VR Soft Skills Training: How to Deploy It

Academic research results and case studies have firmly established VR as a powerful tool to accelerate behavioral change. In the past 6 months, the conversation around the use of immersive technologies for soft skills training has therefore moved from “Why” to “How”.

Now, with the COVID-19 crisis impacting the L&D landscape, the pace of change has dramatically accelerated. In an increasingly decentralised and automated world, soft skills training is a strategic imperative to guarantee operational efficiency. But in this uncertain economic context, soft skills training budgets are likely to shrink and shift. Organisations are looking to move away from costly, carbon-hungry and potentially unsafe face-to-face approaches and instead develop new ways to deliver remote learning whilst justifying every penny spent by measurable results.

In this new world, VR becomes the best medium to deliver immersive learning experiences remotely. But how can organisations deploy VR, cost-efficiently and at scale? What’s the safest path from pilot to integration?

Based on several conversations with end-clients and learning providers alike, the following article looks at different ways of deploying VR and what they entail in terms of hardware costs and ownership, content, staff training...etc.

Deploying VR in your organisation


vr deployment

Although most heavy industries are now using VR for their HSE and technical training, the equipment levels remain very low when it comes to VR headsets dedicated to soft skills training. The 3 following approaches reflect different VR-maturity levels.

Model #1 - Dedicated Events


Headsets: non-owned

Content: off-the-shelf or POC

Facilitation: third-party partner

Maturity Level: validation phase

This is the initial model for organisations looking to trial immersive learning with limited financial, logistical or programme-redesign investment. Typically, the organisation picks an off-the-shelf simulation from an immersive learning vendor or commissions a new proof-of-concept level piece. The vendor would then deliver training events, on-site or remotely, centered on the VR experience, to a limited audience. At this stage there is limited learning design integration with existing learning programmes as the primary objective is to measure engagement and learning performance to generate buy-in.

Model #2 - VR Room


Headsets: owned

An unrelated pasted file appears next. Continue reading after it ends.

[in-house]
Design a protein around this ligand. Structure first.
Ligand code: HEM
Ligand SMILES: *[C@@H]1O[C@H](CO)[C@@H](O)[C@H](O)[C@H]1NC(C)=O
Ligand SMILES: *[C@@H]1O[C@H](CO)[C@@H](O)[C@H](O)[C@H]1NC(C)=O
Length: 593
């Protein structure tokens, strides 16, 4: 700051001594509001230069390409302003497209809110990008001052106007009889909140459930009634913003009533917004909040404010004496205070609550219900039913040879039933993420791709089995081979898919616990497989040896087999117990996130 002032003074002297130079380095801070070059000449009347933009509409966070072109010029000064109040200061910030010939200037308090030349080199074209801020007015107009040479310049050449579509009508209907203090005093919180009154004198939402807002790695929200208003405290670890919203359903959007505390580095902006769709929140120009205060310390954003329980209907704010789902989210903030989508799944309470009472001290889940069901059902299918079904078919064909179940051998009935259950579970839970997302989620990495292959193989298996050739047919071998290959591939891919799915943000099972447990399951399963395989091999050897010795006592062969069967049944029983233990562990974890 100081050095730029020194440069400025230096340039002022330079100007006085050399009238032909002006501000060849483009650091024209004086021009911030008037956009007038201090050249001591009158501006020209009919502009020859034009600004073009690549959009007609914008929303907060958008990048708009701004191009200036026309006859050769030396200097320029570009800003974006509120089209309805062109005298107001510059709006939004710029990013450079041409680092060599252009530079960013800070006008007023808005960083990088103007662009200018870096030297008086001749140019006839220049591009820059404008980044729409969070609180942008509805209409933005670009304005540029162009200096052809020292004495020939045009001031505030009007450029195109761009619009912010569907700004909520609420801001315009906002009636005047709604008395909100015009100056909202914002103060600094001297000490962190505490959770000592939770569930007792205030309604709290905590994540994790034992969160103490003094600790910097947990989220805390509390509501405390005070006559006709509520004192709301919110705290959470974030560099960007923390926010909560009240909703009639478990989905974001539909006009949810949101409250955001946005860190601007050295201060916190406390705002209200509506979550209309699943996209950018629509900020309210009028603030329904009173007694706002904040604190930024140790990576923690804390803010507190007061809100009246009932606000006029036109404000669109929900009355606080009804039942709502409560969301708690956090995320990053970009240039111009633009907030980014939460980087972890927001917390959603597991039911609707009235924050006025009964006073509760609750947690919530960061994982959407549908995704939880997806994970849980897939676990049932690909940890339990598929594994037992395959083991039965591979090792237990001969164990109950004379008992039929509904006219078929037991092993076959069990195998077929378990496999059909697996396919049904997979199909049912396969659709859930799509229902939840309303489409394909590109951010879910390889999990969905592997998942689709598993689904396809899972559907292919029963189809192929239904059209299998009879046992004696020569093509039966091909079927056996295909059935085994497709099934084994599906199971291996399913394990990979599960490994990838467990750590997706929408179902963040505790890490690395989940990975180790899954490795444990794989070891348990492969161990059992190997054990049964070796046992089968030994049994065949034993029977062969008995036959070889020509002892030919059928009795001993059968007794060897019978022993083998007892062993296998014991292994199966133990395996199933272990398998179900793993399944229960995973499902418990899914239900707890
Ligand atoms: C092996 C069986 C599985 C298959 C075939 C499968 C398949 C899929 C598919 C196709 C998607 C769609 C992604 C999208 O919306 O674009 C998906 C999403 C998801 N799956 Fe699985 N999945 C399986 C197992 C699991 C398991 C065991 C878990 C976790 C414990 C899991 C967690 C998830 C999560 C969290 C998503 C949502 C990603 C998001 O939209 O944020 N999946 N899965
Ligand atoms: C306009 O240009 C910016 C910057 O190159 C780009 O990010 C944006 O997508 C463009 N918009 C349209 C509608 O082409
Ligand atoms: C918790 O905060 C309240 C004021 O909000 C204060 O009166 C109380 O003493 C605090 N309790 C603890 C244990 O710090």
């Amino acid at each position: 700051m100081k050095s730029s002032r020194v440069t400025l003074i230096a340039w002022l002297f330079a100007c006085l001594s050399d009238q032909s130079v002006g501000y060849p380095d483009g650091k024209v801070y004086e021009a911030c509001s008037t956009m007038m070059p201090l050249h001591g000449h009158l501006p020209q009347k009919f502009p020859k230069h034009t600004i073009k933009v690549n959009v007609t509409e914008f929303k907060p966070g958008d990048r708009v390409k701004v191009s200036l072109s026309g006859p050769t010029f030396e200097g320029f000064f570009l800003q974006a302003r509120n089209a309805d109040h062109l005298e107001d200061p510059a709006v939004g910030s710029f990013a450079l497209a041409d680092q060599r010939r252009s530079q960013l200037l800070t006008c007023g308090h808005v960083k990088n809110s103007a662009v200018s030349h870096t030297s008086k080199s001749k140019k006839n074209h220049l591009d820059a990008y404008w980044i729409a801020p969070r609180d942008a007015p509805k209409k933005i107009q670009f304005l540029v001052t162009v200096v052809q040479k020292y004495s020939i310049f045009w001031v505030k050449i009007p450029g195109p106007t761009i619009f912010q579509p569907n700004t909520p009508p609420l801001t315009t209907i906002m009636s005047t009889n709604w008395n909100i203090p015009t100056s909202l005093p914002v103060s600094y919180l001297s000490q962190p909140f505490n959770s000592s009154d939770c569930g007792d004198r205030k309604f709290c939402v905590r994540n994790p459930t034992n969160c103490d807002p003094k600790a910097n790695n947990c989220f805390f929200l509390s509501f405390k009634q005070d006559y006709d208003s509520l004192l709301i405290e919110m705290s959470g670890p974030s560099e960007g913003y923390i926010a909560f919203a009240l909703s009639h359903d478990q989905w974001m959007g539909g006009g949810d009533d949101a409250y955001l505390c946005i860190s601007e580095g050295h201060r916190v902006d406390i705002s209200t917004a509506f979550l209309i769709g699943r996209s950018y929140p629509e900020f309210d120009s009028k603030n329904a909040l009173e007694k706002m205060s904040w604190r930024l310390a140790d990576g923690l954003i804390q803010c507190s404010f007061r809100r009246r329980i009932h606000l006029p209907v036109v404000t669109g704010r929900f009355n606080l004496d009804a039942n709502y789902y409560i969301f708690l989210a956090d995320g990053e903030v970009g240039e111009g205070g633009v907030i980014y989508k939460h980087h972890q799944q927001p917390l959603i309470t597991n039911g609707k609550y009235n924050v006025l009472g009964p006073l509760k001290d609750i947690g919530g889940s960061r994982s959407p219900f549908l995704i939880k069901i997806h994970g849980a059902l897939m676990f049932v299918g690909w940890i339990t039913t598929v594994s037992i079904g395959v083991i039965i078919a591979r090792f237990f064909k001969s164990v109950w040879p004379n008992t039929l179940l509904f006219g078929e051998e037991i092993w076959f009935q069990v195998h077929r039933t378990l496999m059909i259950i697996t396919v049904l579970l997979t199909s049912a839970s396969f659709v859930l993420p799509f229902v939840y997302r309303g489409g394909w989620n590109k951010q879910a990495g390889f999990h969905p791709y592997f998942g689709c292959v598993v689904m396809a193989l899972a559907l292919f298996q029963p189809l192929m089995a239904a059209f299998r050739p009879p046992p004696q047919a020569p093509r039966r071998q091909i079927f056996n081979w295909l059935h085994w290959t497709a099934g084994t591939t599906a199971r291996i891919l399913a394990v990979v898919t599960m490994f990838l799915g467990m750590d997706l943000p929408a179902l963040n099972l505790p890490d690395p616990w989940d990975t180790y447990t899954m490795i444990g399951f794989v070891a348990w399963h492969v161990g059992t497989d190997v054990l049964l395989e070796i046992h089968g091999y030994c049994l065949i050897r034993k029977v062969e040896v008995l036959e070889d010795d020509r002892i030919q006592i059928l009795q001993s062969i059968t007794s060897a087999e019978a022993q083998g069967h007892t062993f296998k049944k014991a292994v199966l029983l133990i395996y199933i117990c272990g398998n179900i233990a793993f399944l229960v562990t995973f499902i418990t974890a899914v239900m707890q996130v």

Content: multiple solutions sourced from different partners, off-the-shelf or bespoke

Facilitation: full-time dedicated staff

Maturity Level: integration phase, mutualisation of use cases

This approach is adopted by large organisations who tend to deliver their learning programmes in owned, specialised training centers. The VR Room is essentially a permanent dedicated space equipped with multiple VR headsets and managed by trained facilitators. It offers an ever-expanding library of content sourced from multiple vendors. Once enough pilots have been successful, this is the best strategy to mutualise hardware costs and integrate immersive experiences into existing on-site training programmes with minimum logistical disruption. Early adopters of this strategy are universities and large organisations with dedicated training campuses.

At this stage, it’s worth noting that the VR Room and Dedicated Events models often co-exist, for example to serve different audiences (remote and on-site) or different learning programmes.

Model #3 - Shared Inventories


Headsets: owned

Content: multiple solutions sourced from different partners, off-the-shelf or bespoke

Facilitation: employees have been trained, remote ad-hoc support from trainers

Maturity Level: Optimised L&D strategy, systematic deployment when justified

This is the model the industry is naturally moving towards. Once employees have all been introduced to the technology and technical facilitation is no longer required, L&D departments will own and manage inventories of VR headsets. The average level of equipment is likely to increase drastically so as to make headsets available to be integrated into any new initiative at scale.

The majority of programmes will be designed from the ground-up to incorporate VR experiences and headsets will be made available to the trainers or shipped directly to learners working from home. The initial cost of hardware purchase and logistical adjustment will be recouped rapidly by delivering shorter and more impactful sessions less often and reducing travel and accommodation costs.

Ultimately, the long-term adoption of VR as a medium of choice to deliver soft skills training will not depend on lowering technological or logistical barriers. Instead, it is by developing content rooted in learning science, using the technology only when relevant and systematically measuring learning performance that VR will find its place in this new landscape.


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